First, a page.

Susie asked for a Zillow Offers update, and yesterday they announced that the unwinding is going just fine. While the debacle did tank their stock price, they figured it would be a good time to buy more for themselves:

SEATTLEDec. 2, 2021 – Zillow Group, Inc. today announced it has made significant progress in winding down Zillow Offers inventory and has sold, is under contract to sell or has reached agreement on disposition terms for more than 50% of the homes it expected to resell during the entire wind-down process. Zillow Group’s Board of Directors has also authorized the repurchase of up to $750 million of its Class A common stock, Class C capital stock or a combination of both.

“We are pleased with the progress of our wind-down efforts and recognize that no longer operating Zillow Offers will allow us to have a more capital-efficient balance sheet and business moving forward,” said Zillow Group co-founder and CEO Rich Barton. “With that, we see today as an opportune time to announce a share repurchase program and reduce the cash balance we built up to support Zillow Offers.”

We can expect them to gloss over their little boo-boo and carry on.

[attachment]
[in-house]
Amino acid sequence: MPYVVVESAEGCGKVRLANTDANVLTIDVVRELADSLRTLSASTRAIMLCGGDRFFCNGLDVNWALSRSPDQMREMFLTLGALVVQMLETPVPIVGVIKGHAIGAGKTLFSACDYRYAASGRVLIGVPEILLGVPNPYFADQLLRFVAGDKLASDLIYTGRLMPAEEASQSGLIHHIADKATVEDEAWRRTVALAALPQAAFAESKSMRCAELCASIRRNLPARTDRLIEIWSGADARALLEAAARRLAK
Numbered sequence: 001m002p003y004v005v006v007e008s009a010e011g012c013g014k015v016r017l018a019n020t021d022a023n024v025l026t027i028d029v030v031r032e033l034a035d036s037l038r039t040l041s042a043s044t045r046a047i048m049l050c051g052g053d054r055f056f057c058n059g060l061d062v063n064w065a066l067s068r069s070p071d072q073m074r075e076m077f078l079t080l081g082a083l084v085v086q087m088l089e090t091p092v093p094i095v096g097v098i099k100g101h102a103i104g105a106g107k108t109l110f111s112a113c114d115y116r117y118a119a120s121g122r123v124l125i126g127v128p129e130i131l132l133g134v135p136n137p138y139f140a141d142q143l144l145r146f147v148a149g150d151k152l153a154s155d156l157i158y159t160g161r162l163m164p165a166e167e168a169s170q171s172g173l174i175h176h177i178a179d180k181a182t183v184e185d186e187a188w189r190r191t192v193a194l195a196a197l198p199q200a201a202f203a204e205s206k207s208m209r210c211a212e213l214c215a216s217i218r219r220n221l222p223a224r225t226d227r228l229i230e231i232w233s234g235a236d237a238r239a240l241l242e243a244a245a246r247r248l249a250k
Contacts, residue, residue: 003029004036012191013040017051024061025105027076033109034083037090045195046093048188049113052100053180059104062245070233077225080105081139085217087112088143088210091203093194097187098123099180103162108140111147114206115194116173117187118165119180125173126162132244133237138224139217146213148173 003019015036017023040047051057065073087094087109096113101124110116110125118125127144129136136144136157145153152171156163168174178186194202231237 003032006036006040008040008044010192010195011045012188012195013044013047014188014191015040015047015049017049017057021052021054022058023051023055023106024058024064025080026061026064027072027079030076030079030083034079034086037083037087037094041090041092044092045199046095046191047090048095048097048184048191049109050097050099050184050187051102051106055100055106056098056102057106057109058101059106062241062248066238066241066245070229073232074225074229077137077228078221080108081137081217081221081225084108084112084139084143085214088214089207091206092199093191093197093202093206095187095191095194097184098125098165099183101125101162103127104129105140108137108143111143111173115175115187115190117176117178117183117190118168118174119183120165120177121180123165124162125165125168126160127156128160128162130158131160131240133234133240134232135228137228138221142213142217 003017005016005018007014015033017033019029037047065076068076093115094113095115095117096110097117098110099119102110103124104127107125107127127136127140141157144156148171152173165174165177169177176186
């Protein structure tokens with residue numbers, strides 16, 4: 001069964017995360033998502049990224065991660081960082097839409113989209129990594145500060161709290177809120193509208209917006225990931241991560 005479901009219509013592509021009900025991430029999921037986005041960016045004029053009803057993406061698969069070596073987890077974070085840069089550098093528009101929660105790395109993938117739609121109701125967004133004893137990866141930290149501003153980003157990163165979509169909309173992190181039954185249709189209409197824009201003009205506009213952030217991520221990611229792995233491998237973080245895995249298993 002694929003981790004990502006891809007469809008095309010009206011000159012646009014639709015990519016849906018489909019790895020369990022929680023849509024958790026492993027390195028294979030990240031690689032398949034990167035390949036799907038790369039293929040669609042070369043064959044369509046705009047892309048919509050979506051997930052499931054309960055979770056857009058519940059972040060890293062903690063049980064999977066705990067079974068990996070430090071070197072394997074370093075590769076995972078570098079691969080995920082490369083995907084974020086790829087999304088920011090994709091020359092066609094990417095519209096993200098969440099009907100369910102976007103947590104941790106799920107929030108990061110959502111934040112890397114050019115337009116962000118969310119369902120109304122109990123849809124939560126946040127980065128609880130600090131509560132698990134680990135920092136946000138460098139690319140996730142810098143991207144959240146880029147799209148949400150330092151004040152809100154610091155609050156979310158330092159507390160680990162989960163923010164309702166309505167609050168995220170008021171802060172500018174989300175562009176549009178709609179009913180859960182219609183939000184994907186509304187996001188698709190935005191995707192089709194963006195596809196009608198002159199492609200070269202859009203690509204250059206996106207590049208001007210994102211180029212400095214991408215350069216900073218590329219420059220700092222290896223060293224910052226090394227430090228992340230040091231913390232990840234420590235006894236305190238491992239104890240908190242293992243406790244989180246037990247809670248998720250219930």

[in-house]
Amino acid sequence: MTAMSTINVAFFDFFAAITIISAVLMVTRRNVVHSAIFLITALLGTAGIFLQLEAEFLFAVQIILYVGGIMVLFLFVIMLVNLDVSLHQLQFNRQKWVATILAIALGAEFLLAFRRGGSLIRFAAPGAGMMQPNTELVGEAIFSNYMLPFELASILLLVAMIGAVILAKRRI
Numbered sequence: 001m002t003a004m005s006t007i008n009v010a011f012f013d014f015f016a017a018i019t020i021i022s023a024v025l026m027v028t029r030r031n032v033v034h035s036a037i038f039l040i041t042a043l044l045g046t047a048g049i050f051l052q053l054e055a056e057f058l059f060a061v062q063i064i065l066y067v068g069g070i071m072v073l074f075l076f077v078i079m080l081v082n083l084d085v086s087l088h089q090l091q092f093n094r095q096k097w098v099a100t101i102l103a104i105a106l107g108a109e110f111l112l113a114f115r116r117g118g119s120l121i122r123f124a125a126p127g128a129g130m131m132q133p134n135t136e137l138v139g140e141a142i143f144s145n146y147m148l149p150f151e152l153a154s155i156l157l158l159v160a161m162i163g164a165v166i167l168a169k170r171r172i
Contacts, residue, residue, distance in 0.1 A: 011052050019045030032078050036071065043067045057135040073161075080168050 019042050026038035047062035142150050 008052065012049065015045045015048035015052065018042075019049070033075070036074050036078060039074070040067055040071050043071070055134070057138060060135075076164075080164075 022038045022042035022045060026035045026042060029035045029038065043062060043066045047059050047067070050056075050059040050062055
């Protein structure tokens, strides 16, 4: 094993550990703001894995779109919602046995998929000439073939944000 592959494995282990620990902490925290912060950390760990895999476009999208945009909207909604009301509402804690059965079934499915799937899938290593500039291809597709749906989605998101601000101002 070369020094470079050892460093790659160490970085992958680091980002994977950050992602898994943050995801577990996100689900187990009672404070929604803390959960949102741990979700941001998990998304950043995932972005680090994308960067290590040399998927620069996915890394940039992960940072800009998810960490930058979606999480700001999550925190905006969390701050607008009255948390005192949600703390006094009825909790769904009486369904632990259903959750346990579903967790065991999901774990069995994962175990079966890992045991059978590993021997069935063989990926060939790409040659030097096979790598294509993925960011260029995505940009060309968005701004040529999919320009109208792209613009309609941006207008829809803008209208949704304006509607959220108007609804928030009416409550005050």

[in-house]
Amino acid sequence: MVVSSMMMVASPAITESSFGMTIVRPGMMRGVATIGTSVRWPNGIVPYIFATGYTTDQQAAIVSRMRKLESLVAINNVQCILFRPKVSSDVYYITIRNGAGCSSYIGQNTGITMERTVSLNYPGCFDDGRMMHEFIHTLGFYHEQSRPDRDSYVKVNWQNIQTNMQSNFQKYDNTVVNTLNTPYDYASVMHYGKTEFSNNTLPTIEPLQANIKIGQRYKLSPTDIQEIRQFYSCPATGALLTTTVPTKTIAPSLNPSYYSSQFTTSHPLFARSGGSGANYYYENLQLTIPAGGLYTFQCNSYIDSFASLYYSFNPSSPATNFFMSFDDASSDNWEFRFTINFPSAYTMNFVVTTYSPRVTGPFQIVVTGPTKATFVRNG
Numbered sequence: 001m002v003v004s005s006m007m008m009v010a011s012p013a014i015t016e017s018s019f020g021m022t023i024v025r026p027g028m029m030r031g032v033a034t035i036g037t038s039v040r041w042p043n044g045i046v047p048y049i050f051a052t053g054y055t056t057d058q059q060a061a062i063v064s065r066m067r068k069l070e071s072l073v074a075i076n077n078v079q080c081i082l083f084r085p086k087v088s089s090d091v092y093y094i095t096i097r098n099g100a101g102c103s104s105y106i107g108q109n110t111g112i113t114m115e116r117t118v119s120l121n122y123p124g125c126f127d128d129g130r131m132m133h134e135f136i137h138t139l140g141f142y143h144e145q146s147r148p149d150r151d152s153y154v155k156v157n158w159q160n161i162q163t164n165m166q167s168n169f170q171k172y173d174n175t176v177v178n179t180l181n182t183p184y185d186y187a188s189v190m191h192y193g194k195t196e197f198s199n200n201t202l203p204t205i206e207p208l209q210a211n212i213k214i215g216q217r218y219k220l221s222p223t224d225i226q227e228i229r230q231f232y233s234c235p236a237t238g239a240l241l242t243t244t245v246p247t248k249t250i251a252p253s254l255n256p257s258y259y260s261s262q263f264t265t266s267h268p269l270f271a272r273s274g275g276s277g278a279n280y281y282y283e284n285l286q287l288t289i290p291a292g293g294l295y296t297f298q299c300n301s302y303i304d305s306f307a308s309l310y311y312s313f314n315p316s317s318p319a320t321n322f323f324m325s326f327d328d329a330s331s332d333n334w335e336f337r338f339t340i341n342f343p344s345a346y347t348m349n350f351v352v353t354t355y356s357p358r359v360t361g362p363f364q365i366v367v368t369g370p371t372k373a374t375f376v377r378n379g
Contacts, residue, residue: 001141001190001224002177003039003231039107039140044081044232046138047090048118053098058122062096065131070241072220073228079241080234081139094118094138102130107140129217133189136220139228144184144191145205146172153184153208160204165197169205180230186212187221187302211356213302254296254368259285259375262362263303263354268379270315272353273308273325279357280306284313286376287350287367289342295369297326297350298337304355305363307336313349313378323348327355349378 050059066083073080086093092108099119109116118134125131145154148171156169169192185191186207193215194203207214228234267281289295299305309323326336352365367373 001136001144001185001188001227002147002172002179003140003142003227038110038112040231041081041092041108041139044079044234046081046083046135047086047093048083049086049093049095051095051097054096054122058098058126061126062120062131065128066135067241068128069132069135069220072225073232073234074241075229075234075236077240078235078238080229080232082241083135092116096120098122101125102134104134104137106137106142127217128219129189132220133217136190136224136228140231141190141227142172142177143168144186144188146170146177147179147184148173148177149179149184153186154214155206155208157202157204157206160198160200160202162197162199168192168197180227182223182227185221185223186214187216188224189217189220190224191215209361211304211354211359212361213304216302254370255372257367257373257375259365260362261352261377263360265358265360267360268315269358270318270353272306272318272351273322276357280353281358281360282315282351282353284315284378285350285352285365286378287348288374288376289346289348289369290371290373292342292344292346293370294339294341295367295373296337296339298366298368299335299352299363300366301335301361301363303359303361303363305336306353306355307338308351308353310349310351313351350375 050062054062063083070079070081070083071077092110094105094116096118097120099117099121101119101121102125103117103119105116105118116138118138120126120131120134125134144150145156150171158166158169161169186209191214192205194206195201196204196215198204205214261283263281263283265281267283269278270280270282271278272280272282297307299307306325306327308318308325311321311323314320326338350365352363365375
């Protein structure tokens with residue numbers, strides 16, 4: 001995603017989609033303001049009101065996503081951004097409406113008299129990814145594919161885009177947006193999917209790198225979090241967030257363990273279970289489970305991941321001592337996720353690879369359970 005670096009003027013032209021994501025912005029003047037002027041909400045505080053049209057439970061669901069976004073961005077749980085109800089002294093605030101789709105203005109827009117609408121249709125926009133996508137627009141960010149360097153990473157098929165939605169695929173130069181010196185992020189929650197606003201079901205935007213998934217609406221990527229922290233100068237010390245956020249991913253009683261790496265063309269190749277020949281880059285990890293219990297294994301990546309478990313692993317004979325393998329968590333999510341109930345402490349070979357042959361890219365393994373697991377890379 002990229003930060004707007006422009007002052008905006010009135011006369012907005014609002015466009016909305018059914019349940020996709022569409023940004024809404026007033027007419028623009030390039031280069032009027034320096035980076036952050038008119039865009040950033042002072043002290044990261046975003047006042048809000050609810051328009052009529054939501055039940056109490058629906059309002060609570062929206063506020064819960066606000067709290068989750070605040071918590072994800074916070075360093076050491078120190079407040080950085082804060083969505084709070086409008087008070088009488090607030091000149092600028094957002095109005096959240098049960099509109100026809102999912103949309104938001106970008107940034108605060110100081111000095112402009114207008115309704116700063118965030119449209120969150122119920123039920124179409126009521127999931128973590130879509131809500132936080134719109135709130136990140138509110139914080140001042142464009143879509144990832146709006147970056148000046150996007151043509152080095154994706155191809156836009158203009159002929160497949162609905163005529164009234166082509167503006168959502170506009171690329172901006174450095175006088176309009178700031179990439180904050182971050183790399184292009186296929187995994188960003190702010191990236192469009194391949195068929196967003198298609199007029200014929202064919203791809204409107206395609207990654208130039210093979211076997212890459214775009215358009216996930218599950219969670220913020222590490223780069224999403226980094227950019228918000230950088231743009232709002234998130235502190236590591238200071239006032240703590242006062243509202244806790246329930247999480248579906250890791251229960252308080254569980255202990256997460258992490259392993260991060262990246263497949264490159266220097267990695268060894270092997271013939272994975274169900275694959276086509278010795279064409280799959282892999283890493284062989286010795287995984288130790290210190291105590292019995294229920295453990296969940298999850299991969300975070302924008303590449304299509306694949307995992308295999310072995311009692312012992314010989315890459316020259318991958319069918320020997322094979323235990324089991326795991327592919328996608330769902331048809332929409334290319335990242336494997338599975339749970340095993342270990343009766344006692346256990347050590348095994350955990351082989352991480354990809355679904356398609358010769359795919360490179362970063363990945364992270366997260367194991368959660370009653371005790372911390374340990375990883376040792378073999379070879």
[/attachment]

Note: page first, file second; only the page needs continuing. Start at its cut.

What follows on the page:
More below – thanks Bode:


Reverse Mortgage, Or Sell?

The less equity you have, the more likely you will move.

Q: I guess it may be too late, but figured I’d ask. We did a reverse mortgage. We got almost no cash out of it, but it is eating up whatever equity remains with our loan that has an effective interest rate of almost 5 percent. Is there anything we can do? Thank you.

A: Reverse mortgages have been around for more than 20 years. The concept is enticing: If you’re over age 62 and you have equity in your home, there are a number of lenders who will give you a loan for a certain percentage of available equity (often up to 85 percent, but sometimes quite a bit less). The loan provides you with cash and no requirement to repay the loan until the home is sold or the owners pass away.

If you’re house rich and cash poor, and want to stay in your home but perhaps need funds to make repairs, pay off the mortgage to lower your cash burn or even augment your retirement income, a reverse mortgage can help. But it comes at a fairly steep price: a higher interest rate plus higher fees.

The higher fees eat away at the amount of cash you’ll get. The higher interest rate eats away at your remaining equity. And you still have the requirement to pay your real estate property taxes and homeowners insurance premiums.

It sounds like you needed cash, maybe didn’t qualify for a home equity line of credit and turned to a reverse mortgage as a way to secure the funds you required. The problem is the one you now face: You had a home without much in the way of equity, took what you could, and now have run through the cash and are out of options to get more.